I AM TOPEKA: Ashley Bahm, Bahm Demolition & Greenpoint C&D Processing Center
Emma Highfill | Photographer
Founded in 2002 by David Bahm, Bahm Demolition is a family-owned and-operated company located in Silver Lake, Kansas. Today, David’s daughter Ashley Bahm serves as the company’s president. Like any company in its field, the business provides demolition and deconstruction services. But Bahm has added its own twist to their services that make it anything but “just another demolition company.”
“On our demolitions, we actually do more dismantling than demolition, and we try to recycle or find a new use for the products that come down,” Ashley said. “A lot of times, people come out to our salvage yard and find products that we’ve demolished or dismantled, and are able to reuse them.”
On many Bahm projects, the team will go to the site and dismantle by hand. This allows the dismantled products to maintain their integrity and continue to provide value in whatever they are used to build next. The number of uses these salvaged materials have is innumerable— including being used to build the very desk in Ashley’s office.
After a few years of providing these environmentally conscious demolition services, Bahm Demolition wanted to open up these waste-recycling services to the public.
“From our experience in demo, there was an avenue to recycle products in demolition. A lot of construction and demolition waste was going to the local landfill, but we knew there was a way to recycle it,” Ashley said.
That insight is what spurred David, in 2007, to found GreenPoint C&D Processing Center—a division of Bahm Demolition that offered a place for the public to bring waste from their own construction or demolition projects, where it could be recycled and used again.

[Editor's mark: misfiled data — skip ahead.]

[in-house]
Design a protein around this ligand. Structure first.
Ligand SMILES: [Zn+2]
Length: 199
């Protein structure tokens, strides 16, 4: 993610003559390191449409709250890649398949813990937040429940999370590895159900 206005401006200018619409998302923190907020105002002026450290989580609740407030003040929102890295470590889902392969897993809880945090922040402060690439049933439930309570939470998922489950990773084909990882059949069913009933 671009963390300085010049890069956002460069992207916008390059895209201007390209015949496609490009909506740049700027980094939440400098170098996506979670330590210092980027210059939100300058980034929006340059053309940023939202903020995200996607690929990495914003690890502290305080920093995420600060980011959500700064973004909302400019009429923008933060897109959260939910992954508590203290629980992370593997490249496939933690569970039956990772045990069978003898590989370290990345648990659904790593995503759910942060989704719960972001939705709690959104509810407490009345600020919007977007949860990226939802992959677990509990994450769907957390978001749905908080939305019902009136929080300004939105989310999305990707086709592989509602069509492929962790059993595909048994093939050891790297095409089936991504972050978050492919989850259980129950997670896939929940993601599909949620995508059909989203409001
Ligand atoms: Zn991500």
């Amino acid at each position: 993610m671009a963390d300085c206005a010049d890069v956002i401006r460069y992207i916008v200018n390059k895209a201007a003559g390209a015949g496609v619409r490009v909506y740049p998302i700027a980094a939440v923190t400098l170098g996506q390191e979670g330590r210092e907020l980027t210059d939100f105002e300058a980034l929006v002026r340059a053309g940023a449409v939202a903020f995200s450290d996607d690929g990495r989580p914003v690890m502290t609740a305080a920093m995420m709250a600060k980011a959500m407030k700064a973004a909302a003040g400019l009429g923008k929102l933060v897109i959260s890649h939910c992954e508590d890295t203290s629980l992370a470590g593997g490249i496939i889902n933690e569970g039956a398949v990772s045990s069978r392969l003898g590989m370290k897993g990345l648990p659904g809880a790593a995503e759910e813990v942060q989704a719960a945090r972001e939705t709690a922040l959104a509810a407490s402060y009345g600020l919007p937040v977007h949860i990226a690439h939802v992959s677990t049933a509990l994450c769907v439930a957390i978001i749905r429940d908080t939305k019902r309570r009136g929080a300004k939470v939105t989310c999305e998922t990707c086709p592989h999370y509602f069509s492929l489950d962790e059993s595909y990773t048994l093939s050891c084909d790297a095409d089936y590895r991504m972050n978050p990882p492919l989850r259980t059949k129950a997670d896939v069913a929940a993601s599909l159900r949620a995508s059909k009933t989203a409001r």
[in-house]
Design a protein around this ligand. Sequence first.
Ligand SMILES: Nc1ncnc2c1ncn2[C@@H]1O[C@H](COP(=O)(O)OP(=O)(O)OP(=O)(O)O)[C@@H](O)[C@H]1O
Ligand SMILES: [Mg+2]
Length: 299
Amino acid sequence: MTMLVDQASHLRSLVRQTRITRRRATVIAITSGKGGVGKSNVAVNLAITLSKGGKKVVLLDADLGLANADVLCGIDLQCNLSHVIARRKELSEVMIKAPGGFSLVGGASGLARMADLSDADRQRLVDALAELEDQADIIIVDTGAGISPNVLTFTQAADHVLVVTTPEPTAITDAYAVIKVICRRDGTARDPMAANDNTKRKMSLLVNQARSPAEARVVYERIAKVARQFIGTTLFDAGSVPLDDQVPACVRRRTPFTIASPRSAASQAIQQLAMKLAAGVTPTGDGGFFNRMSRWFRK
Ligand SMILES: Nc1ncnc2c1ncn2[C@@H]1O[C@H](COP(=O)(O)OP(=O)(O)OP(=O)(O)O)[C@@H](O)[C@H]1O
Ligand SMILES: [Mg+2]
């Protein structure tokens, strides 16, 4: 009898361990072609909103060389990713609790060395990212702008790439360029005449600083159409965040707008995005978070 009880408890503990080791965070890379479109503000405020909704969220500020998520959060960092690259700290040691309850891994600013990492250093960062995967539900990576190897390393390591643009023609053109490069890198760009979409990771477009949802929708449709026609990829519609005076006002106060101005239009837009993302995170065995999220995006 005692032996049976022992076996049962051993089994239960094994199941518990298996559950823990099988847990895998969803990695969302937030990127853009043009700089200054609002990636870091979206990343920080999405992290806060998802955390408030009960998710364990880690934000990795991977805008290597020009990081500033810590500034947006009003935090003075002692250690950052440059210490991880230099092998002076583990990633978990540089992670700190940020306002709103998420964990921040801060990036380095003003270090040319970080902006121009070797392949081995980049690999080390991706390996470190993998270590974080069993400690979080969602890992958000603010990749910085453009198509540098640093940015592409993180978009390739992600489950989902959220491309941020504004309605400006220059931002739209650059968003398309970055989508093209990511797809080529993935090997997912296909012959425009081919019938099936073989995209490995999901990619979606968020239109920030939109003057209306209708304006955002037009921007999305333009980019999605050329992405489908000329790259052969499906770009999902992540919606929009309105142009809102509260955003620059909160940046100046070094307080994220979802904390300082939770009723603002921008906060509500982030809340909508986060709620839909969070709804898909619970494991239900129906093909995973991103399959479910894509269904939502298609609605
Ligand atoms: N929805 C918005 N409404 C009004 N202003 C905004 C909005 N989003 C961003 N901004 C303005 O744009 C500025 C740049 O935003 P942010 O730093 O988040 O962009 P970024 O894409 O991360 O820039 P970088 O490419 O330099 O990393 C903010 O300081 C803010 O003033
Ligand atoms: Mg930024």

Types of waste that GreenPoint recycles include wood, metal, asphalt, shingles, larger plastic items, and other construction materials that one might otherwise send to be dumped in a landfill.
“The less waste going into the landfills the better—for the environment, and for all of us,” Ashley said. “Our clients love seeing the amount of products and waste from a demolition project that is able to be recycled.”
The materials that get brought in to GreenPoint get recycled in the more traditional sense, rather than reused. For example, the wood that is brought in by the public gets ground up, and any concrete that is brought in is crushed up and made into new items. On the other hand, refuse from a Bahm Demolition—such as wooden beams—might get stacked
on a pallet and then shipped off where the beams could be reused, rather than broken down and formed into an entirely new product.
Certainly, both business models play a pivotal role in reducing waste, but Bahm Demolition’s methods go a step further and preserve more than just the environment. They preserve history.
“We did this really cool demolition for BNSF over 10 years ago, and some of the pieces out of that building are located in Quinton’s, the restaurant,” Ashley said. “We also have pieces from our demolitions that ended up in The Foundry Event Center and the Topeka Zoo gift shop. In fact, we have an old safe that came out of a creamery in Abilene, and it turns out that Dwight D. Eisenhower’s first job was at that creamery.
“That is what’s the most fun: seeing products we’ve diverted from the landfill being reused in the community. We have a lot of people that buy material from us, and they ask us ‘Where’d this come from?’ They want to be able to tell that story.”